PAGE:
Elon Musk is so good because he's so crazy. But that also means he's crazy.

Let's leave the potential for sarcasm open here — the man's Twitter avatar is a Dr. Evil / Dr. No joke — but a new biography of the Tesla and SpaceX founder, who most recently introduced a potentially game-changing home battery, contains some pretty damning details about Musk's views and managerial style.

Written by Bloomberg technology reporter Ashlee Vance, Elon Musk: Tesla, SpaceX, and the Quest for a Fantastic Future (due out the 19th) includes more than a few memorable quotes, as rounded up by the Washington Post and Business Insider. “My mentality is that of a samurai," Musk reportedly told a potential investor, "I would rather commit seppuku than fail.” Musk also has a strong anti-vacation stance since he nearly died in 2000 from a malaria infection he got following a trip to South Africa and Brazil. “That’s my lesson for taking a vacation: vacation will kill you.”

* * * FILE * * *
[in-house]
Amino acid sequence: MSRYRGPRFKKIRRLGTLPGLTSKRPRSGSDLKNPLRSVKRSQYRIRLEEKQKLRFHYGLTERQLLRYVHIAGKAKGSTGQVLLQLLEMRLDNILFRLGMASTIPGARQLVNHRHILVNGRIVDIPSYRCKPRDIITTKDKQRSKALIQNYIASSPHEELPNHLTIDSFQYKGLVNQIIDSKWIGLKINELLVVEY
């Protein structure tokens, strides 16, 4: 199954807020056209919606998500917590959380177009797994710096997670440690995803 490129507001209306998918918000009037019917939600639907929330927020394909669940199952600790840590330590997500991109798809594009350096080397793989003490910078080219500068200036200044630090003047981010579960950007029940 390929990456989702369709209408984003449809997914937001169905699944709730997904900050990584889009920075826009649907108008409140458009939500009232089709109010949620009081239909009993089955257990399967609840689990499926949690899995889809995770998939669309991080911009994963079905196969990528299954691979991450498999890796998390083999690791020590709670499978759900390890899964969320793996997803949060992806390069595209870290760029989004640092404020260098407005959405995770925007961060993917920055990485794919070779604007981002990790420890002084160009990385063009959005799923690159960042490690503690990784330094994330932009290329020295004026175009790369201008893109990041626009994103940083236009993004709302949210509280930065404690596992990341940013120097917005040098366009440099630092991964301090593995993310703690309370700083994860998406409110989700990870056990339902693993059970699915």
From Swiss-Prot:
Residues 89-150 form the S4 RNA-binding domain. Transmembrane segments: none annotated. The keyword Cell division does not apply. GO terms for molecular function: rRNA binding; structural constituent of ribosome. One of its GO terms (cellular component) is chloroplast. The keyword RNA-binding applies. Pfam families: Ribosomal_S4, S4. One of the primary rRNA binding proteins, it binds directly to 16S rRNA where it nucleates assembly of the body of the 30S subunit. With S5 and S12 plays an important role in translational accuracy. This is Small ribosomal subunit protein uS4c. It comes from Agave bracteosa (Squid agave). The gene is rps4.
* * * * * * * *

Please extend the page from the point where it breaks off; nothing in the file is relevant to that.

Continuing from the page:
Further, Musk seems to harbor rather robotic ideas about dating. “I would like to allocate more time to dating, though," he reportedly said. "I need to find a girlfriend. That’s why I need to carve out just a little more time. I think maybe even another five to 10 — how much time does a woman want a week? Maybe 10 hours? That’s kind of the minimum? I don’t know." Oh Elon, how romantic!

The quote that people are really seizing on, though, concerns an email to an unnamed Tesla employee who had reportedly asked for time off to be at the birth of his child. “That is no excuse," Musk supposedly wrote, "I am extremely disappointed. You need to figure out where your priorities are. We’re changing the world and changing history, and you either commit or you don’t."

Okay, that sounds like some kind of terrible violation of some kind, and it puts Musk somewhere deep in Ayn Rand land. But we'll be sure to update you when Musk almost inevitably disputes or contextualizes the claim. It could be his latest bit of Swiftian satire, you know?

Previously: Tesla's New Batteries For Your Home Could Help Us All Say Goodbye To The Power Grid